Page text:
Assumptions, Biases & Irrational Fantasies


Michael Richards. Now, seriously. Come on now.

Poor, poor decisionmaking skills (I am, in fact, shaking my head).  I thought that by now people would at least know that they’re not supposed to talk like that in public.

I also think, however, that comedians tend to get a little carried away with themselves and what being funny gives them licence to say and do.  This is why it’s a problem when people try to write off offensive humor by saying “It’s only a joke.”  In this case, it’s “I was just so mad.”  Unacceptable.

When I get mad, I don’t randomly pull racial slurs and epithets out of my ass willy nilly.  To follow that reasoning, Richards must call everybody a nigger when he gets mad.  Something tells me that’s not the case.

What’s unfortunate, in my opinion, is that Richards was not able to do anything but fly the “I’m really not a racist!” flag.  Whatever he thinks he is or is not, his behavior was profoundly racist.  He needs to own up to that, at least, if he wants to regain any respectability.  And, as a friend pointed out, the power dynamic he was trying to wield was totally fucked up.  I mean, to invoke the idea of lynching?  “This is what happens when you interrupt the white man?”  You CANNOT go there without mutual agreement, in a public arena, with a microphone ON A STAGE, as a celebrity and expect anything but big fucking problems.  That history is too painful.  Too raw, and too volatile. 

I think that we’ve gotten to a point as a media-based culture where we should be prepared for things like this to happen.  Where we should be holding performers to standards based on their own personality and ethics, and not those of the characters they portray.

But then, up until now, did we really have any ethical expectations of Michael Richard the actor? 

I hope that people can take a lesson on celebrity idolization from this.  Celebrities have their own stanky shit.  Some of them are bigots and assholes, just like any other random sample of people from the population.  Many of them are priviliged and ignorant.  Many are poor decisionmakers.

That’s what I have to say about that.  For now.

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Me and White Guys… Part 1

The problems happen most often on public transportation. It tends to play out like this: I am sitting on the train. A white guy gets on the train, approaches the place I am sitting. He may sit next to me, or he may stand close by. I begin to think things like “He better not hit me with his backpack [newspaper, elbow, briefcase, whatever] and think he can get away with it.” Then, slowly at first, I begin to seethe very quietly. If he does not impinge upon my personal space, the seething calms down and dies away, possibly without me even noticing that it ever started.

If I do get bumped, smacked or swiped with an offending extensor, usually it goes like this: I look at the white dude to see if he noticed his breach of personal space. If he does and apologizes, the seething begins to settle. If he doesn’t, I begin to try to catch his eye, making faces meant to communicate ‘Ahem – I think you owe me an apology.’ If that doesn’t work, then I start to stare at him pointedly, waiting for him to notice me, all the while thinking ‘See? I knew it! Look – I’m mister Center-of-the-Univers-White-Guy! I don’t have to pay attention to the world around me ’cause I’m mister Center-of-the-Univers-White-Guy, and everyone should just get out of my way.’ Obviously this is incendiary, and I start to really get upset. This is usually where I get my first glimpse of my behavior from a semi-objective point of view (I use objective in the very loosest sense of the word here), and I then begin to feel conflicted. While I’m having this imaginary fight in my head with this guy I don’t know, I start to realize that I have no idea what’s going on in his head, that it’s unfair to put my anger on him in this way, and that I’m probably as careless sometimes when my head is in the clouds. At the same time, I’m thinking ‘This guy’s probably had his whole life to be totally inconsiderate and never deal with consequences and he’ll probably end up being somebody’s boss, even if he’s totally underqualified and he’ll treat them like shit, too, and this is my chance to show him what’s what!’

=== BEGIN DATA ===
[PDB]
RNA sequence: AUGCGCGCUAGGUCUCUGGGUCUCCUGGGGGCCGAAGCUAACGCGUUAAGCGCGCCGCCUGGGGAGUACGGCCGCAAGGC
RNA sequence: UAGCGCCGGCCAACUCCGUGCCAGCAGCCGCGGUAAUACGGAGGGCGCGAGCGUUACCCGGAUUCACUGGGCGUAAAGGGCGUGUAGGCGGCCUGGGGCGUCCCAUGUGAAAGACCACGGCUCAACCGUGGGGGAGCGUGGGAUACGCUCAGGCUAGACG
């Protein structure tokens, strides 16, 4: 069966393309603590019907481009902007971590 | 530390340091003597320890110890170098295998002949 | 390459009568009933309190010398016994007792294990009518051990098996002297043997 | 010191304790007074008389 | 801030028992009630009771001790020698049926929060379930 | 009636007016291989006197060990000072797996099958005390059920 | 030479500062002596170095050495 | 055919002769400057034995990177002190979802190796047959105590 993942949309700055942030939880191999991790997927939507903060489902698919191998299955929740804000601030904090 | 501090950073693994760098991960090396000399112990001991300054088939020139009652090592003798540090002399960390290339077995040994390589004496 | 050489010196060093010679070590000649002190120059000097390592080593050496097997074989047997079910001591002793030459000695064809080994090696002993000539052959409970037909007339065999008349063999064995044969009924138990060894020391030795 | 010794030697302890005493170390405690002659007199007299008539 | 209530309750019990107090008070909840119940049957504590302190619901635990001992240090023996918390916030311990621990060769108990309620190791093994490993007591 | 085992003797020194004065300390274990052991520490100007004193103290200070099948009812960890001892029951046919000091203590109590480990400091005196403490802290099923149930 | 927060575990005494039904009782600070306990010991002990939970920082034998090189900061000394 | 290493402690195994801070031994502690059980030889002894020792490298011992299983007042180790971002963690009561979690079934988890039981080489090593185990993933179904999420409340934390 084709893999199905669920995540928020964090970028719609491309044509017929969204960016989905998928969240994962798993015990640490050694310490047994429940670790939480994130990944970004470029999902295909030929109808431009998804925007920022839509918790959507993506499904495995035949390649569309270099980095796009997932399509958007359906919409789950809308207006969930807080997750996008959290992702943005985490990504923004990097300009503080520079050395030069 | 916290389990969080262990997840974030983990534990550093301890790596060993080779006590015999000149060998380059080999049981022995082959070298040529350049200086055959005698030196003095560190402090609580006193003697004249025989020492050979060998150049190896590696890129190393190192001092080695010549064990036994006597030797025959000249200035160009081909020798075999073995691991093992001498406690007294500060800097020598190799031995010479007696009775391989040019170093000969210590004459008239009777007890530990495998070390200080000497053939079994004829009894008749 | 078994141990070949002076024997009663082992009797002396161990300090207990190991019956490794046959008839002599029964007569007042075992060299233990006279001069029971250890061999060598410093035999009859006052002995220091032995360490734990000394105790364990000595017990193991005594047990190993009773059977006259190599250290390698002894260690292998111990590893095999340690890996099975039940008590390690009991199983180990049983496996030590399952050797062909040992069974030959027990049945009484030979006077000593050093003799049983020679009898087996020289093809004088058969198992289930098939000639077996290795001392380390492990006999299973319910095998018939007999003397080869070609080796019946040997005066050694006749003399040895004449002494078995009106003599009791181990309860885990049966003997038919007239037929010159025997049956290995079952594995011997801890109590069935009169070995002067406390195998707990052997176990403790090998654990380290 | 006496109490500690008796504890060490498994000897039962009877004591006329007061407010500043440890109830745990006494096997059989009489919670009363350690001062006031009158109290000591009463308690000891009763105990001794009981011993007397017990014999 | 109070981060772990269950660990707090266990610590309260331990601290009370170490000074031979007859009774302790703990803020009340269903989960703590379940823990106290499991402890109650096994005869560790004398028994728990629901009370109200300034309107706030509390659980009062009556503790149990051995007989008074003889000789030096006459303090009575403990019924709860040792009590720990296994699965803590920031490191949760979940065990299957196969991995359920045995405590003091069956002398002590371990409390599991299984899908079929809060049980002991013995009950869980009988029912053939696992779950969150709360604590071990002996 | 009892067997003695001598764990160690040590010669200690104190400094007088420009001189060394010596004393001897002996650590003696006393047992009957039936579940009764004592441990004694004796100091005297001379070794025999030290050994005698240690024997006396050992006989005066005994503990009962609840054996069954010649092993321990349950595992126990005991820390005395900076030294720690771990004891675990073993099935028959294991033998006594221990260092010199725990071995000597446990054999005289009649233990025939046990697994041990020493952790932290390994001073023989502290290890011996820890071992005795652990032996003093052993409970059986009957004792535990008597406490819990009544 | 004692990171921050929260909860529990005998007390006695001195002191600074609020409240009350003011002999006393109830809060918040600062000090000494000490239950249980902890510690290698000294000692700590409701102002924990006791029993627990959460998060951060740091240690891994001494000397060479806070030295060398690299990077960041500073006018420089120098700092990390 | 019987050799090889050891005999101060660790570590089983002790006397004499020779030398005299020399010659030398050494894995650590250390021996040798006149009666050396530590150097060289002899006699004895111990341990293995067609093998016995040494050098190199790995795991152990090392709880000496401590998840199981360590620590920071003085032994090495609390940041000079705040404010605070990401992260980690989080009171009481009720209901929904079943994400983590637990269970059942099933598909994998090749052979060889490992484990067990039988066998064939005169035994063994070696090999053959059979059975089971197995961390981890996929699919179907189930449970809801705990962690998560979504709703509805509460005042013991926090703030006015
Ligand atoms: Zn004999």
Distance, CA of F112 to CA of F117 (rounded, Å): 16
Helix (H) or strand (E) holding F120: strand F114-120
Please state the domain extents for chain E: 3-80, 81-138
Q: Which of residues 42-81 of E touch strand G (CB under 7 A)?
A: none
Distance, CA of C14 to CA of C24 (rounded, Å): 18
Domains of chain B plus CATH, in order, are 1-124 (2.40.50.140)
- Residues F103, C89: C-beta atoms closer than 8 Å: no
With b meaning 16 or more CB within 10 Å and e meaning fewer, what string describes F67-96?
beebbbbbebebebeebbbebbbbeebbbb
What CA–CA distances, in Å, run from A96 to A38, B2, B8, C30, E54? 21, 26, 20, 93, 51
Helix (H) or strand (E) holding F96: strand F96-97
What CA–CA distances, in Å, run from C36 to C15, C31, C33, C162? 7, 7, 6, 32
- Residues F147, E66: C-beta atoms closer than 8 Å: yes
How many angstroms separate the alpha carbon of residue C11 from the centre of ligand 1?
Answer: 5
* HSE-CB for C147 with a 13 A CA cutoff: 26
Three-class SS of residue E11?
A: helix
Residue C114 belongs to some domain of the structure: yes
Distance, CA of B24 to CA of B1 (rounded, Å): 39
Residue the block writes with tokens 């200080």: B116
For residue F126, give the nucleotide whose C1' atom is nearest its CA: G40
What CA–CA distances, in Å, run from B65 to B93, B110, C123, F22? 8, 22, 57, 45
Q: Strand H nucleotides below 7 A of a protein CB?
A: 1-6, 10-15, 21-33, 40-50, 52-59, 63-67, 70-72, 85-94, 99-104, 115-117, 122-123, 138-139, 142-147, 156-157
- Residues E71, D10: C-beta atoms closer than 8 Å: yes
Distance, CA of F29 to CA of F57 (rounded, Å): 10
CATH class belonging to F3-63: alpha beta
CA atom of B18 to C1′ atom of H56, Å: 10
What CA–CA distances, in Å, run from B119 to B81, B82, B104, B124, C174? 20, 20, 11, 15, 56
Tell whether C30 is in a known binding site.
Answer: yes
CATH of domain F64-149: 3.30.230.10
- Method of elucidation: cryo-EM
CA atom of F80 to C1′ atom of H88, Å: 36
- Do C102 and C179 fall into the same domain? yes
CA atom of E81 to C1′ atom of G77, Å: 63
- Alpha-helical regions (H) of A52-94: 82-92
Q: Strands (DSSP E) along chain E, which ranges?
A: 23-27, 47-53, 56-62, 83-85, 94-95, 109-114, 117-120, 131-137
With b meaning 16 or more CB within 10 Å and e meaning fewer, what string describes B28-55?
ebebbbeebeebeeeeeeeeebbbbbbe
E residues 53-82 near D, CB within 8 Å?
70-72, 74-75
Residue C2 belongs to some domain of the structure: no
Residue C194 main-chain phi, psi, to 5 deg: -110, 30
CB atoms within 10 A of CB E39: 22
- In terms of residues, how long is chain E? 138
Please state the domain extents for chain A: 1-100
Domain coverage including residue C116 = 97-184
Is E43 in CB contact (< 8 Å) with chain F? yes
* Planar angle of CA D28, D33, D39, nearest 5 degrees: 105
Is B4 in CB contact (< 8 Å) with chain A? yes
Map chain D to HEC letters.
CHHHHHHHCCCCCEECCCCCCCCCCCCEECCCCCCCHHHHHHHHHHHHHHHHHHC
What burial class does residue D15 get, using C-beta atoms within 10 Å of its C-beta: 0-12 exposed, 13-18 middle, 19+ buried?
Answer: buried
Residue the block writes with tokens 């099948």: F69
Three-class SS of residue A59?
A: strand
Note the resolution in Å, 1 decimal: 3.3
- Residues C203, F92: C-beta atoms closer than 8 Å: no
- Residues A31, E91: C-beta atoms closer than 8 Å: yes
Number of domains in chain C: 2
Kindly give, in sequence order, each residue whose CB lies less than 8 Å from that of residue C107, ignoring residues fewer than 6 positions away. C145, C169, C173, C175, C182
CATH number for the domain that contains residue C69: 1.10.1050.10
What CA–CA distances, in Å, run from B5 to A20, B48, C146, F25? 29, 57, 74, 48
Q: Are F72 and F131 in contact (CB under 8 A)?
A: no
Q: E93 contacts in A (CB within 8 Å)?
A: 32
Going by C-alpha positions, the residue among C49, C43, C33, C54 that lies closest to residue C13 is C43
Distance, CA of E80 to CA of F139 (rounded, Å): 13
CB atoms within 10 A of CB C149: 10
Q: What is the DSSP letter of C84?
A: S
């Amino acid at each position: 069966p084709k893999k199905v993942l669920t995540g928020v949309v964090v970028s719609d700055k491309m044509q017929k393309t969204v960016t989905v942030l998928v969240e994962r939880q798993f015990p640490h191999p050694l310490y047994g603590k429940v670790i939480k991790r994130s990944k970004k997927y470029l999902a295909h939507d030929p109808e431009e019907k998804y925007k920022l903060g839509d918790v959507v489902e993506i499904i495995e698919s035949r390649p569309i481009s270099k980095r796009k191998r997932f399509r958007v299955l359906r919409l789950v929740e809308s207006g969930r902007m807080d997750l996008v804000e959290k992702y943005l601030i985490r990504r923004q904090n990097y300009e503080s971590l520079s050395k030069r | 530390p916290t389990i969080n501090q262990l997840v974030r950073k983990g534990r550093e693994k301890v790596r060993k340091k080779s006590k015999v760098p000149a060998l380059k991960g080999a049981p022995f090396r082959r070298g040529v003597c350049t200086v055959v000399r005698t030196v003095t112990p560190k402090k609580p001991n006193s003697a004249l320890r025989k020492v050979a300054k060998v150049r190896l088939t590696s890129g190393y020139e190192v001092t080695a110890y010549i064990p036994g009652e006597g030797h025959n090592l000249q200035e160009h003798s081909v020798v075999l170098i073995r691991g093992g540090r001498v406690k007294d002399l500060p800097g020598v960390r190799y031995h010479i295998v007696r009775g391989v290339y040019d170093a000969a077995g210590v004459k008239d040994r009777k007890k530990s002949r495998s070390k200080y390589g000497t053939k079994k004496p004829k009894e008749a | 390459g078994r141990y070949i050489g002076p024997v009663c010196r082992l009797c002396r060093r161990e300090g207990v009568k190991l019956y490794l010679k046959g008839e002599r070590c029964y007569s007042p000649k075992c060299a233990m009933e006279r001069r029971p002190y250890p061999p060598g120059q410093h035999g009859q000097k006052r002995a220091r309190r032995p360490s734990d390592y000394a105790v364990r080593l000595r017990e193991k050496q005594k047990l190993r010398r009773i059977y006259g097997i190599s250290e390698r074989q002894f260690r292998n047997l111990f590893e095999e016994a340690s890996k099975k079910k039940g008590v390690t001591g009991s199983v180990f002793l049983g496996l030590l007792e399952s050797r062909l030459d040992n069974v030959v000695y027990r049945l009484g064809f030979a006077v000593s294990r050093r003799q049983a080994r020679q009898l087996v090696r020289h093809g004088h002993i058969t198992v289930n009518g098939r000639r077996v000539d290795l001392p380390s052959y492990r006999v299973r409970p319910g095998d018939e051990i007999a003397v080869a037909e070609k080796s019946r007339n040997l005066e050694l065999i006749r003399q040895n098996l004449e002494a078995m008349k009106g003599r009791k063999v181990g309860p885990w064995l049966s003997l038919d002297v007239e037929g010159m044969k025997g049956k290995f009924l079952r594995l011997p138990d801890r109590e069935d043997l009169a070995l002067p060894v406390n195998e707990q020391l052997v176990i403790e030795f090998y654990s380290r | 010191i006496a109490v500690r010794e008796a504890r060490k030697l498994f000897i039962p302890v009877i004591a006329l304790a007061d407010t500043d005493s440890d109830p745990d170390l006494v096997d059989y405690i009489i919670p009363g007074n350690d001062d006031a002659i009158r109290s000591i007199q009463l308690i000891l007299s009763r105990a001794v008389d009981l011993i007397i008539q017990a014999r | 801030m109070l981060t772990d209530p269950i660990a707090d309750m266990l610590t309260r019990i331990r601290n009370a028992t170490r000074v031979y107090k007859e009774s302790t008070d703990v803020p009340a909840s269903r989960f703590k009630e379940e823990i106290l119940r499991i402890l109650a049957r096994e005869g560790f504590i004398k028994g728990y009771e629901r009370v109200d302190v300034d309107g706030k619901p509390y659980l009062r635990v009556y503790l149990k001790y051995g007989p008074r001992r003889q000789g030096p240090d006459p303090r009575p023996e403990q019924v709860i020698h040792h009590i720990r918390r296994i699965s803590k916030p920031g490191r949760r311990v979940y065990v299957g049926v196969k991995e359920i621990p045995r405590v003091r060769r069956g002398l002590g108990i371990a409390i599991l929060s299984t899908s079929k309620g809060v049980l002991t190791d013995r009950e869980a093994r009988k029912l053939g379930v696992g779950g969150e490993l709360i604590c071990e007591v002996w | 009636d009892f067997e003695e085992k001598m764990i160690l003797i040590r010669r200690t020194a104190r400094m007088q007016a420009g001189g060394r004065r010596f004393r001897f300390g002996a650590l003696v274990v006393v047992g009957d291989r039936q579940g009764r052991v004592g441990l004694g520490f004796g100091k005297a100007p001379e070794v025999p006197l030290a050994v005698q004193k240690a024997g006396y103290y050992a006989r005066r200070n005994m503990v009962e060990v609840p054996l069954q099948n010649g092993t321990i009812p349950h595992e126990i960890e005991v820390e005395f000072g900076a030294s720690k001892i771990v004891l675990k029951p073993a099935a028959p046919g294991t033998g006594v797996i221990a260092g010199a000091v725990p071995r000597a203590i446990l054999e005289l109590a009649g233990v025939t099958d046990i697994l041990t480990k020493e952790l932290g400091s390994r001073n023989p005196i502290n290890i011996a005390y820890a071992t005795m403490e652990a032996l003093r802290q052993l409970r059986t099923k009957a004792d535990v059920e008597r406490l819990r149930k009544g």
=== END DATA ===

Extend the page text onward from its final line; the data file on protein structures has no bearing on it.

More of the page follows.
So I have these arguments going on in my head. If my rational self wins, then I may glower at him a bit more, reflect on my issues, do some yoga breathing and let it go. If my non-rational self wins (and keep in mind, non-rational has the biological edge here with adrenaline pumping and the brain’s limbic system taking over) I’ll physically retaliate by bumping him back (never particularly aggressively – usually just enough to make my presence known), or deliberately pushing the offending extensor out of my face. Sometimes this garners a mumbled apology. Often not.

It’s a fight or flight response, because I feel threatened. It’s my internal class-warrior – a little black girl lashing out, fed up with being underestimated, overlooked and generally unseen (especially when standing next to white guys). It’s the girl in me who knows that boys and men are usually bigger and stronger and is pissed off at how unfair that is. It’s the little girl I’ve always been, being nice and quiet by default, ’cause that supposedly gets good results.

However I respond, I always spend some amount of time feeling worse about these encounters than I think I ought to. Wishing I’d said or done something when I didn’t say or do anything. Or feeling as though I overreacted when I let things go.